J. PHARAOH DOSS

In 1989 U.S. Representative John Conyers Jr., D-Mich., introduced H.R. 40: The Commission to Study and Develop Reparations Proposals for African Americans Act. H.R. 40 wasn’t legislation to redress any grievance. The bill requested appropriations for a study so its findings could start a national dialogue.

During the decade of the 90’s H.R. 40 wasn’t mentioned by mainstream Black leaders, but in 2000 “reparations for slavery” became a controversial topic due to Randall Robinson’s new book, The Debt: What America Owes to Blacks. (Notice: The controversy was over the concept of “reparations for slavery” not H.R. 40.) Robinson wrote, “Our society must first be brought to a consensus that it wants to close the socioeconomic gap between the races. It must accept that the gap derives from the social depredations of slavery. Once and for all, America must…accept full responsibility for the hardships it has occasioned for so many.”

Now, many Whites wanted to know why they had to pay for an injustice they didn’t inflict. Robinson stated it was moral justice. This response seemed based on the assumption that the question was motivated by unconscious racism, but what if it was a serious inquiry concerning jurisprudence?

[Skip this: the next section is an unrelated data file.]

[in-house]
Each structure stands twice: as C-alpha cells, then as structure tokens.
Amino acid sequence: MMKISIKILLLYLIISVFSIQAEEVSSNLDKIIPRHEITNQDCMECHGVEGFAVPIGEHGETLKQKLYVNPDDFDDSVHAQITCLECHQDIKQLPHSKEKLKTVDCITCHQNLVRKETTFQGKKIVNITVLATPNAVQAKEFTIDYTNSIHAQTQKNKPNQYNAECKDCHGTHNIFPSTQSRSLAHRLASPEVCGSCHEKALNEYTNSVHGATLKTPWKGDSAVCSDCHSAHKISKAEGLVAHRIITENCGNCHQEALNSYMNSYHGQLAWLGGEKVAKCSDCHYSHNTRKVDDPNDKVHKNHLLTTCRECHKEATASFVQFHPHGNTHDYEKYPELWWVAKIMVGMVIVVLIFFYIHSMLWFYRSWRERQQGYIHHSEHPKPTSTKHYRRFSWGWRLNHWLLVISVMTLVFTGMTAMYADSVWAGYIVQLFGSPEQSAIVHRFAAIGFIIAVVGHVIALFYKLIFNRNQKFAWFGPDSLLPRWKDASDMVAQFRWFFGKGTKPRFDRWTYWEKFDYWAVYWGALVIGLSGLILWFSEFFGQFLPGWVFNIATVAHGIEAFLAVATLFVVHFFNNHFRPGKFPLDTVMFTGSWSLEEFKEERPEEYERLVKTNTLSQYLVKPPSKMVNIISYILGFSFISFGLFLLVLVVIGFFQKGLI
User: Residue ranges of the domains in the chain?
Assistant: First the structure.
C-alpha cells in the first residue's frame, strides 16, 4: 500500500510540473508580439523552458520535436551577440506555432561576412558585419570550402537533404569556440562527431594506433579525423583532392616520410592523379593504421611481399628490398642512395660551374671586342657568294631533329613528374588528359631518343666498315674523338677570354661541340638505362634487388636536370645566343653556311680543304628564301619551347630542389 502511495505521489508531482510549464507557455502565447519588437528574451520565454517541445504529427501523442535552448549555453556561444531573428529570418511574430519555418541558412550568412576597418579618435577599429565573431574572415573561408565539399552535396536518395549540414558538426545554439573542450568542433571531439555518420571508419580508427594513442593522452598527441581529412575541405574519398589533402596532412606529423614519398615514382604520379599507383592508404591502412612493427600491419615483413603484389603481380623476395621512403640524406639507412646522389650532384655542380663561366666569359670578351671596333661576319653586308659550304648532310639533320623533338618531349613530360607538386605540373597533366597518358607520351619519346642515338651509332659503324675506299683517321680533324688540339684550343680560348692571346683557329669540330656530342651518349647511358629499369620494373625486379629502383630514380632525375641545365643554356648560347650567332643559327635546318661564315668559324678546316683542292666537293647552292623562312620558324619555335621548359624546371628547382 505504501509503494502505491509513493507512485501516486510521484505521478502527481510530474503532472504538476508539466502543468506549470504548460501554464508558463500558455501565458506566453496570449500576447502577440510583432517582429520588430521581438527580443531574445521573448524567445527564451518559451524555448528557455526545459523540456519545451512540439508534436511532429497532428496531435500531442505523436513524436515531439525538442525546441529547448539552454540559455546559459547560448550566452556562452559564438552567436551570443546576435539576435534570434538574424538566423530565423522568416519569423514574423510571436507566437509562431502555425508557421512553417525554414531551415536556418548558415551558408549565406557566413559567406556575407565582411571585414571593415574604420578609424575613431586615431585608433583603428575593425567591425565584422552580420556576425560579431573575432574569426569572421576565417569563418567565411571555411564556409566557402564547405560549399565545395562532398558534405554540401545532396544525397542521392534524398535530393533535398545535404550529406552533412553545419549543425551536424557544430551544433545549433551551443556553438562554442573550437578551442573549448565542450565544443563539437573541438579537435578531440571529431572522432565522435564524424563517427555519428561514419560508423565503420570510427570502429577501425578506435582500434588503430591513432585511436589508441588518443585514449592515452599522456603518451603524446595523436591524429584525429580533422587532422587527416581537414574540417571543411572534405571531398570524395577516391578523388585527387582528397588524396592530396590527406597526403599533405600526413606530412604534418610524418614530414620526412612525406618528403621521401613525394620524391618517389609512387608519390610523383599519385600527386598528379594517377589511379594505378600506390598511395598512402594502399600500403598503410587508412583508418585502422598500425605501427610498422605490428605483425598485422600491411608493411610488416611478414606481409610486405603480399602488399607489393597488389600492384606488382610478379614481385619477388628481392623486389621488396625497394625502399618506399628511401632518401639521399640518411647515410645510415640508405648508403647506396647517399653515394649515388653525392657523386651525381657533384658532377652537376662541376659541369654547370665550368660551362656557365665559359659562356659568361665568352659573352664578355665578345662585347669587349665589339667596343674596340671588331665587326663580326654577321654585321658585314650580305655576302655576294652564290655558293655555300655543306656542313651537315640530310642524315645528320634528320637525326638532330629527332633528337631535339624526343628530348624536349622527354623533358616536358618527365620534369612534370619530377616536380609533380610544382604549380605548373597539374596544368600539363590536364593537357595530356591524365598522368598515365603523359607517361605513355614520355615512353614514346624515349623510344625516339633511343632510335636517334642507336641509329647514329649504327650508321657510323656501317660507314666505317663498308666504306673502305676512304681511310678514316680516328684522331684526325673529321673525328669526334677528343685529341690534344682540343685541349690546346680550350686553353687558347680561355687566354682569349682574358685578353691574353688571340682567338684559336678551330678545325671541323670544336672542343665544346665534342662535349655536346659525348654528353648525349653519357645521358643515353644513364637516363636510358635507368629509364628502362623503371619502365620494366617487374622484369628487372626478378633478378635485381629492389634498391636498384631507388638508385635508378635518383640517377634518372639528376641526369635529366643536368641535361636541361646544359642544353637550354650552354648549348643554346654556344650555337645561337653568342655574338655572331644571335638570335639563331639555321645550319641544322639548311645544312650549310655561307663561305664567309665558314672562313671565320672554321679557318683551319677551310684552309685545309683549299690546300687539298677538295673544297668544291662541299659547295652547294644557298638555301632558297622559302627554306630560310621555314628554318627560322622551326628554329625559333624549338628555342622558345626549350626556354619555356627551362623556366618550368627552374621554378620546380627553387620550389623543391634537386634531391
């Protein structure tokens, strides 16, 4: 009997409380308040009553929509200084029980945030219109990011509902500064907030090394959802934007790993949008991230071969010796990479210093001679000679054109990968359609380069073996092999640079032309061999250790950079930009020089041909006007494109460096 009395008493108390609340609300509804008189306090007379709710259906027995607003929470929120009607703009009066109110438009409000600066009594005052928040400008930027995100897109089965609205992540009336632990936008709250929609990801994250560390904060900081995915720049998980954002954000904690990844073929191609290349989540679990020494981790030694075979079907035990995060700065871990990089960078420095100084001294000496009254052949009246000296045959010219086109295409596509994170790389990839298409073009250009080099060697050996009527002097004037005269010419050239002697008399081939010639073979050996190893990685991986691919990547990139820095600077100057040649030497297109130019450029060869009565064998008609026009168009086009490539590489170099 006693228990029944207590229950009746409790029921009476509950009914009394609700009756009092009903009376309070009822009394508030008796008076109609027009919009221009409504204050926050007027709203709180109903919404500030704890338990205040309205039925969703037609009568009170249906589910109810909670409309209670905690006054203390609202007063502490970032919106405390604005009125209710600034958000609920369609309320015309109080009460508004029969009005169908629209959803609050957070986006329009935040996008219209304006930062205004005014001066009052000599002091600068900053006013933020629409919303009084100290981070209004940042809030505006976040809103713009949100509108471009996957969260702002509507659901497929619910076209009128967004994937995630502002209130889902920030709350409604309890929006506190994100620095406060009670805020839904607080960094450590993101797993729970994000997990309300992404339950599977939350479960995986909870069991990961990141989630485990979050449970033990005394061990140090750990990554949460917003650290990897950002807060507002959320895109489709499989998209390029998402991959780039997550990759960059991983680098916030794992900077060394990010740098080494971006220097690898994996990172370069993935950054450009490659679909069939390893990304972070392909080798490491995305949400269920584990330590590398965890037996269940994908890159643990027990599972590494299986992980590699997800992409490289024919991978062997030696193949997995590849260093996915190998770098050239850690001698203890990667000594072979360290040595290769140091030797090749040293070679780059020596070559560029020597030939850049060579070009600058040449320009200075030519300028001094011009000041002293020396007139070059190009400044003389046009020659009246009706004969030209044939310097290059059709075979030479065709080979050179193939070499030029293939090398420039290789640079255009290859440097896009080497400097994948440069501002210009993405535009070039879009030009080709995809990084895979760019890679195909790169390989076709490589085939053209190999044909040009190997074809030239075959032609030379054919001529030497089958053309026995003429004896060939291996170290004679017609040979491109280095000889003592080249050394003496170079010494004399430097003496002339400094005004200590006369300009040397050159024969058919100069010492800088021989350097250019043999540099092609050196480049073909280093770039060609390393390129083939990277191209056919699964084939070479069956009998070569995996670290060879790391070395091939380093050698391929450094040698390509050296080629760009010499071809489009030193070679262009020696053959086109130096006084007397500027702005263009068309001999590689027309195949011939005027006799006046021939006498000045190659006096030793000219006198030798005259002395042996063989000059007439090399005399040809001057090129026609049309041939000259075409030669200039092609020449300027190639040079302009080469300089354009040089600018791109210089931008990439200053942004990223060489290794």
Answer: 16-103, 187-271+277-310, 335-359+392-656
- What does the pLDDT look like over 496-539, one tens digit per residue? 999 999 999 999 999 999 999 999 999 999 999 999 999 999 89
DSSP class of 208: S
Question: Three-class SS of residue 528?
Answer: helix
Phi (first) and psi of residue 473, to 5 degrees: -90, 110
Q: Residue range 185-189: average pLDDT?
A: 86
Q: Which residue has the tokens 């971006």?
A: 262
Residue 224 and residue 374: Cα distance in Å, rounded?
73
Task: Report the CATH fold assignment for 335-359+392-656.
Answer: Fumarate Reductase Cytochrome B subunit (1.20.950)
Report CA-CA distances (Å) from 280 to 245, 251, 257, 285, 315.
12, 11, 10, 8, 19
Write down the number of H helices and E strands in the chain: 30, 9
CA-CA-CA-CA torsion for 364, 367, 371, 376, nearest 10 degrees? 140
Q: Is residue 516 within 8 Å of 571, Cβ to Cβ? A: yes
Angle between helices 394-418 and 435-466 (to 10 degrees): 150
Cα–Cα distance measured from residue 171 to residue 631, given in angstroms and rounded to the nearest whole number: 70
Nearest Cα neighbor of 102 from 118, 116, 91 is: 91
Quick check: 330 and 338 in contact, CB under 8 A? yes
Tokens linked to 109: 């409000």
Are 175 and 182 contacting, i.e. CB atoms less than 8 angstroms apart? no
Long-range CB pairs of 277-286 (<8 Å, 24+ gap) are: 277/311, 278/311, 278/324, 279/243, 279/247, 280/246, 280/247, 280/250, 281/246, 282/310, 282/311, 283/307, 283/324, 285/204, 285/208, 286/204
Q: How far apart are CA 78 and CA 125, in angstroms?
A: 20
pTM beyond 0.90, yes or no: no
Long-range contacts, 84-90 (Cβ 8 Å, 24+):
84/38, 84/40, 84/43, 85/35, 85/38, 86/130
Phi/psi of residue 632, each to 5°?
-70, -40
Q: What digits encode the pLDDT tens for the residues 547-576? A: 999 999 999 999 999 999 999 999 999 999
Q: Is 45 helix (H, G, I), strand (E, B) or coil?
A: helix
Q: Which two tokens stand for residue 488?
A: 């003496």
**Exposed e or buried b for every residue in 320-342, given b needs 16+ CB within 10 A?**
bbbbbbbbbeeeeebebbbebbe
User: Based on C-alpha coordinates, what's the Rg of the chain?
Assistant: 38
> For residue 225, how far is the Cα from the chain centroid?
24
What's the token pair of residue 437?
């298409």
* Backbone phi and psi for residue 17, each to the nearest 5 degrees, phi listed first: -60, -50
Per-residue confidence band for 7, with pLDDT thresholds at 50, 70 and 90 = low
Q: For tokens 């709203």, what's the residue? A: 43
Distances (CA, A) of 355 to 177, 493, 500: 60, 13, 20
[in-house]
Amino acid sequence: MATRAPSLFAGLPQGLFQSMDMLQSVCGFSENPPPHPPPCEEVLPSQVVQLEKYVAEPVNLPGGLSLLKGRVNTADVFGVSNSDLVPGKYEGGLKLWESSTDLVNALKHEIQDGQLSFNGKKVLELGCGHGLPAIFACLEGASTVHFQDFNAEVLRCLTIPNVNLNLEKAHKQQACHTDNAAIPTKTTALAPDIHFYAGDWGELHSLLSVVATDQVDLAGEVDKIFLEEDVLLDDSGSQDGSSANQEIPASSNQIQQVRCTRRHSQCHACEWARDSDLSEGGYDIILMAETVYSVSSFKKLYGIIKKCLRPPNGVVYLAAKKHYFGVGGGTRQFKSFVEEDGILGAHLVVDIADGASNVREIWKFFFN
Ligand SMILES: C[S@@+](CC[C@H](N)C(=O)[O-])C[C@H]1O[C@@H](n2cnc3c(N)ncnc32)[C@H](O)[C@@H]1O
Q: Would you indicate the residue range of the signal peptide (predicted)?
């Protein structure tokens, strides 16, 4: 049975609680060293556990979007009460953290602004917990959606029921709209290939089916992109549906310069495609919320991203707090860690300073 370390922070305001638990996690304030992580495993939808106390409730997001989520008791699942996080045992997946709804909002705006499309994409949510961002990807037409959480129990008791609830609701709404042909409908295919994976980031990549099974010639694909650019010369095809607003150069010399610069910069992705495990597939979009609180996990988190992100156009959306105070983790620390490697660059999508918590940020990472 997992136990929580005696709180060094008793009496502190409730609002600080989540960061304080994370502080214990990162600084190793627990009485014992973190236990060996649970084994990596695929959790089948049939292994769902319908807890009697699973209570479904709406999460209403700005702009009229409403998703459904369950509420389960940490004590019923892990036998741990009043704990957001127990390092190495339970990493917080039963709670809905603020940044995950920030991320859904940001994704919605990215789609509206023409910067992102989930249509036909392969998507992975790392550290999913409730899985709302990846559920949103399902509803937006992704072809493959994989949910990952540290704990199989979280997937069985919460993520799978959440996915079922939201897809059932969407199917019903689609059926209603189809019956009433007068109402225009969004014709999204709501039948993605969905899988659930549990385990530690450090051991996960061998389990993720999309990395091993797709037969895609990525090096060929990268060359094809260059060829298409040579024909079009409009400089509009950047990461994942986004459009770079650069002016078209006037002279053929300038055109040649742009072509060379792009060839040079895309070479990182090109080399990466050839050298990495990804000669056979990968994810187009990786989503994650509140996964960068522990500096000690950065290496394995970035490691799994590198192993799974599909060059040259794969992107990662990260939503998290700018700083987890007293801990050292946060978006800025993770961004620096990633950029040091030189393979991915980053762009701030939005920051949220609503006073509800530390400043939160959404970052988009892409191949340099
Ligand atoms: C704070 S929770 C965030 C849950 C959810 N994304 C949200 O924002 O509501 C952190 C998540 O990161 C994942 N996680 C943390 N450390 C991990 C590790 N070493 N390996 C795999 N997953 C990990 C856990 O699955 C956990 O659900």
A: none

First of all, no citizen of a modern state is opposed to reparations. The idea that the perpetrator of an injustice should pay the victim for damages is a well established legal principle dating back to ancient times. But “reparations for slavery” is a different proposition. It redefines the traditional principle. It extents guilt to and demands payment from the descendents of perpetrators, who committed no crime, to compensate the descendents of the victims, who were never enslaved.

Now, Whites weren’t asking because they didn’t grasp the morality of the issue. (Moral support doesn’t cost.) They asked because they needed the redefining of reparations explained. That’s a legitimate concern that proponents for reparations have failed to address beyond moral grandstanding.

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